The Ajnadin Palestine displacement camp for Syrians officially opened on January 04, 2023, in the Afrin region in the northern part of the Aleppo governorate. Referred to as a “village,” the project aims to secure semi-permanent alternative housing for displaced Syrians in opposition-held areas. A local group called the Idlib Nation Team, active in Afrin, built the village with support and funding from Ajnadin, a Palestinian NGO based in the Israeli-occupied East Jerusalem neighbourhood of Bayt Hanina.
According to media reports, Ajnadin transferred the funds for the village from its account in the Israeli Habolim Bank. The fact that a Palestinian NGO in Israeli-occupied territory is funding a displacement housing project in Syria sheds light on the sheer depth of the crisis faced by displaced Syrians.
A source from Ajnadin told The Syria Report that the newly built village contains 50 dwellings for 50 families who had previously been living in displacement camps in rural Afrin. Each home has two bedrooms, a salon, a kitchen, and a bathroom, totalling around 45 square metres. There are two one-cubic-metre water tanks per unit, interior doors and windows, two main iron doors, and a 35-square-metre garden. A sewage network services the entire village. It also has a mosque and an Islamic studies centre for teaching Sharia and Quran.
The village is built on about 2.50 hectares of flat un-planted agricultural land near Shatika, a town in the Jandares district west of Afrin. However, the existing 50 dwellings only occupy one hectare of land, with the remainder set aside for a future stage of expansion in the project to build more housing units.
In the second phase of the village, the Idlib Nation Team will build 50 more homes and a school. Construction was supposed to begin in the first few months of 2023 but was postponed until the end of the year due to the February 06 earthquake, a source from the Idlib Nation Team told The Syria Report.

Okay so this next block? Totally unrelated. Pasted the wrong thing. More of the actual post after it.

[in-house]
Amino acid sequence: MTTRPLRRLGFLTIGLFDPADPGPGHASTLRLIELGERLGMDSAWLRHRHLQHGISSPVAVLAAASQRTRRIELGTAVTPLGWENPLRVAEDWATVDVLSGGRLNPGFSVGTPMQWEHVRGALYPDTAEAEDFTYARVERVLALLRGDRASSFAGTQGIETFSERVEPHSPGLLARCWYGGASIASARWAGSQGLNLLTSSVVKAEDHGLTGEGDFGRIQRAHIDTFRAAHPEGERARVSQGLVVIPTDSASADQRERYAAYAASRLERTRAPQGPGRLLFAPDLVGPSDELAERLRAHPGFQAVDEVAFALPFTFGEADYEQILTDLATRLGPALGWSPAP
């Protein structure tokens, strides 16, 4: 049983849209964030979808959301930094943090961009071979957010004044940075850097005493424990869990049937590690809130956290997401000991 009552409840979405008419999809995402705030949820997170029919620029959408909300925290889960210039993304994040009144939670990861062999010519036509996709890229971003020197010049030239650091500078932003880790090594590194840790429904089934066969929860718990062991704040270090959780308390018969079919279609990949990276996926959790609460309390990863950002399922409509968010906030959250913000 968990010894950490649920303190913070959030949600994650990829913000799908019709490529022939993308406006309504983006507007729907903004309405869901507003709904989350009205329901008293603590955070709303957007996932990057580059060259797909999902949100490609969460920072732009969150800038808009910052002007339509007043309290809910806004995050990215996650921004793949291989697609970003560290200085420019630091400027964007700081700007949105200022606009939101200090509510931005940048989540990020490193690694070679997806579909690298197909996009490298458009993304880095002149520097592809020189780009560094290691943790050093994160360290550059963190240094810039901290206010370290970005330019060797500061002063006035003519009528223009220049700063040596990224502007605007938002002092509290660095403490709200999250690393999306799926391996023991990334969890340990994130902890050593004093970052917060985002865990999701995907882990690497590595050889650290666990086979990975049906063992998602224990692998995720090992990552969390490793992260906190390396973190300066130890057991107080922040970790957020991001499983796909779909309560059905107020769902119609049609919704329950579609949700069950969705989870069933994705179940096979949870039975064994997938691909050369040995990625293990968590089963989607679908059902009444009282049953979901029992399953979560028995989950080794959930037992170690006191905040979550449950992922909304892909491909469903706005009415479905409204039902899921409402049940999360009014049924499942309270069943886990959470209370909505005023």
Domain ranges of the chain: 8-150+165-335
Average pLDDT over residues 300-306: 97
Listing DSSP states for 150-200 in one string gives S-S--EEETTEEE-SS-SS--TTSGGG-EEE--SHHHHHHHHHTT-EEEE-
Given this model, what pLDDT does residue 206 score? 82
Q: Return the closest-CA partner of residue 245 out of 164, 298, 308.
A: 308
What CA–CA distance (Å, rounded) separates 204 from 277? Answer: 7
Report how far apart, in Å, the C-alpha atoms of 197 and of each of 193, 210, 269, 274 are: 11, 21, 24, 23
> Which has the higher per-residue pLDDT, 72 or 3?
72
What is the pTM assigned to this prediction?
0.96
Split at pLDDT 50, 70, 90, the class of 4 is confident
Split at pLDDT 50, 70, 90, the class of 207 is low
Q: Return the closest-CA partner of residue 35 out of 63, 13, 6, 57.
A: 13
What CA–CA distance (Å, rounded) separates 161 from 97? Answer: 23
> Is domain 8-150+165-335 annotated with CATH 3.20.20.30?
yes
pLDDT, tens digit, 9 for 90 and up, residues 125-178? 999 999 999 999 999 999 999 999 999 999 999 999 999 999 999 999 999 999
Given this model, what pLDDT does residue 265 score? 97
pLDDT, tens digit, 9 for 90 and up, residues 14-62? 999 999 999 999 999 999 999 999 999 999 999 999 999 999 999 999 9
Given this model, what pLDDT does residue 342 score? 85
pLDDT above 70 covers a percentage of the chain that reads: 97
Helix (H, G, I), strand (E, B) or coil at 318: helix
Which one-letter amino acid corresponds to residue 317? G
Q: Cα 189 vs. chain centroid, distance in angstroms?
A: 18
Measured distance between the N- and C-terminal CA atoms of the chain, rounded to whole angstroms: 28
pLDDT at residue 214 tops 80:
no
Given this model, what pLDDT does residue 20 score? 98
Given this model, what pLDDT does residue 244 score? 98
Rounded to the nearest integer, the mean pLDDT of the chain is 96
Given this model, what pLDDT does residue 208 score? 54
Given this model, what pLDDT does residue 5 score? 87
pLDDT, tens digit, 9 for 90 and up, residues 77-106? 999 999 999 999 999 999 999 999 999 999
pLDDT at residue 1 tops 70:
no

The Idlib Nation Team increased its support for the village and its residents after the earthquake. It set up a camp of dozens of tents to accommodate people affected by the disaster. The organisation was also in charge of implementing this project and confirmed it opened a village school last March for the children.
A source from the Idlib Nation Team told The Syria Report that the local council in Jandares granted the organisation land to build the village. The source added that Turkish officials in the area approved the project. However, the contract between the organisation and the local council does not indicate that the team owns the land or the residential units. Rather, the organisation’s role, according to the contract, is limited to the construction and supervision of housing operations. The local council is responsible for managing the village.
The homes cannot be sold or transferred to the families who live there. These families only have the right to use the housing units and cannot lease them. Therefore, according to the source, the village effectively belongs to the Jandares Local Council.
In 2018, Turkey-backed opposition factions took control of the entire Afrin region during Operation Olive Branch, forcing the displacement of much of the original population, most of whom were Kurds. There were also many violations of housing, land and property rights. In addition, more than 100,000 forcibly displaced people from the countryside of Damascus, Homs, and Aleppo also moved to Afrin, with many of them living in the homes of displaced Kurds.
A local source told The Syria Report that the land on which the village was built is not public or endowment property but privately owned by individuals from the Kurdish Manan family, which was forcibly displaced from the area in 2018. The opposition factions controlling the area accuse members of the Manan family of belonging to the majority Kurdish People’s Protection Units (YPG). Several family members were reportedly killed during the fighting in 2018.
The Manan family’s land is not an isolated case: it is among other lands that some opposition factions have extorted since 2018 on the pretext that their owners belong to the YPG. Sometimes, some factions grant these lands to local organisations to build residential villages to house the families of displaced opposition fighters from other parts of Syria.